There are two textual challenges associated with this text that must be dealt with before we attempt the task of interpretation...

(1) Translators aren't sure where to put "as in all the churches of the saints".
You see for example in the NIV and KJV that this phrase belongs with the previous paragraph about God not being about disorder but of peace. The ESV puts this phrase with the discussion of women in 14:34-35. The NRSV does something similar but makes the entire discussion of women in chapter 14 parenthetical.

Part of the challenge comes from the fact that early manuscripts were written in either all capital letters (called Uncials) or all lower case letters (called Miniscules) and lacked three very important things that you and I take for granted: spaces between words, punctuation, and paragraphs.

This means that in some places (this being one of them) it can be complicated to discern the unit of thought and proper translation of the text, especially when it comes to where sentences begin and end.

(2) Scholars debate the originality and placement of this unit of thought.
Some scholars (most notably Gordon Fee in his influential commentary) see this entire unit as an interpolation (inserted by another author, editor, copyist) and therefore the text should be discarded as a whole. Others think that this passage should be placed at the end of the chapter after 14:40. Still other scholars think that the text should be understood as it is and in the place in which it is translated in our English Bibles.


(1) The placement of "as in all the churches of the saints..."
There are two things that will help us understand better the placement of this phrase. It is my contention that this phrase more appropriately belongs with the preceeding paragraph (as is seen in the NIV and KJV). The first thing we can look at is how Paul uses a similar statement elsewhere in 1 Corinthians.

"...He will remind you of my way of life in Christ Jesus, which agrees with with what I teach everywhere in every church." (1 Corinthians 4:17)

"Nevertheless, each person should live as a believer in whatever situation the Lord has assigned to them, just as God has called them. This is the rule I lay down in all the churches." (1 Corinthians 7:17)

"If anyone wants to be contentious about this, we have no other practice - neither do the churches of God." (1 Corinthians 11:16)

Paul's pattern (and note that all of these examples are in the same letter) is that such a "universal" statement always concludes a thought or element of an argument. Paul does not use such clauses as a foundational stating point for his argument.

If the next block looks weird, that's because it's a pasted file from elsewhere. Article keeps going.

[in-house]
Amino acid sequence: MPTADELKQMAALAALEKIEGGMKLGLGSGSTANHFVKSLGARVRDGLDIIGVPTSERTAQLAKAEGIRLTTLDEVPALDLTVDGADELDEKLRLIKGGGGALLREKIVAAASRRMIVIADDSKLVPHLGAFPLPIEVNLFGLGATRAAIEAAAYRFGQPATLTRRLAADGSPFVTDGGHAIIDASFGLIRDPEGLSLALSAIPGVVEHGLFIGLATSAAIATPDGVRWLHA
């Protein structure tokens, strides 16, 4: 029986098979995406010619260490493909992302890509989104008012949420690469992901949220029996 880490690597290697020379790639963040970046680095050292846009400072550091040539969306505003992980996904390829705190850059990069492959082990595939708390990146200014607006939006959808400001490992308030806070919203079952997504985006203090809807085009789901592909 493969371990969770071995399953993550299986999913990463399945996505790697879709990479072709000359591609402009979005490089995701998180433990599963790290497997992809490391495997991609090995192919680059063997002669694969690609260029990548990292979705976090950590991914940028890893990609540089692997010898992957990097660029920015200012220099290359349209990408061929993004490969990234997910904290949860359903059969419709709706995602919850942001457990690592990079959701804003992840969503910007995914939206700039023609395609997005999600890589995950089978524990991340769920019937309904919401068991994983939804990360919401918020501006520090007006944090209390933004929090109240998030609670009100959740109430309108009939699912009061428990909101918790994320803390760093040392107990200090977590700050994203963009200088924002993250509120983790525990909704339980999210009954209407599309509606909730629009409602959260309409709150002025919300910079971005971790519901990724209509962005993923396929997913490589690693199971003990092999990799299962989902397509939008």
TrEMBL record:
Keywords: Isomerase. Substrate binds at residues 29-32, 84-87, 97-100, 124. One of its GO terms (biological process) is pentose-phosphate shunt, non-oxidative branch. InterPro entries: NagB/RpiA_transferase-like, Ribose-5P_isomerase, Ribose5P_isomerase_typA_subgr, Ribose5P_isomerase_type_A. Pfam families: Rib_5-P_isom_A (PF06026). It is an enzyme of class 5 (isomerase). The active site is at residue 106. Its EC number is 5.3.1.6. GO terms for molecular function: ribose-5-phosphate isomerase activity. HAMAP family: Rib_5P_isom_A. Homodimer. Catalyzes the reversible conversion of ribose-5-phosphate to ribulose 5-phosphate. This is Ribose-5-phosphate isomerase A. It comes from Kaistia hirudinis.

The second thing to be considered is how poorly the grammar of the passage would be if this disputed phrase were to be attached to the discussion of the silence of these women in the church at Corinth.

"As in all the churches of the saints, 34 the women should keep silent in the churches." (ESV)

"As in all the churches of the saints, 34 women should be silent in the churches." (NRSV)

For Paul, who writes with some of the greatest rhetorical flourish in 1st century literature, and especially within the New Testament, such a sloppy expression seems unlikely. Therefore, I believe that we are better off to understand the "universal statement" of "as in all the churches of the saints..." as belonging to the preceding unit of thought about God being one who is concerned with and by his very nature is a God of peace and not disorder.

(2) The originality and placement of 14:34-35.
Both the interpolation (inauthentic insertion after the original) and the rearrangement (putting it after 14:40) have been soundly refuted in the influential scholarly article by Curt Niccum, professor of New Testament at ACU entitled "The Voice of the Manuscripts on the Silence of Women: The External Evidence for 1 Cor. 14:34-35" (New Testament Studies, vol. 43, no. 2, April 1997, 242-255.) The internal textual flow and external manuscript evidence support show that this text is in its proper place and contains Paul's original instructions regarding the situation.


This passage should be understood as a digression (Paul saying, "And while I'm talking about this...") in the larger context of Paul dictating to the Corinthians the proper actions regarding speech in the corporate gathering of the assembly (what we might call Sunday morning). This context is most pressing in chapter 14 but extends also as far back as chapter 11.

We are therefore in the best position (I believe) both textually and contextually to interpret this passage when we begin with it as our starting point in the translation of the 2011 NIV as follows:

33 For God is not a God of disorder but of peace—as in all the congregations of the Lord’s people.

     34 Women should remain silent in the churches. They are not allowed to speak, but must be in submission, as the law says. 35 If they want to inquire about something, they should ask their own husbands at home; for it is disgraceful for a woman to speak in the church. (NIV)


How Not-to-Read the Bible...

As a minister, graduate student, and learner of Restoration Movement history I have become increasingly aggrivated by and sensitive to a couple of very important dangers: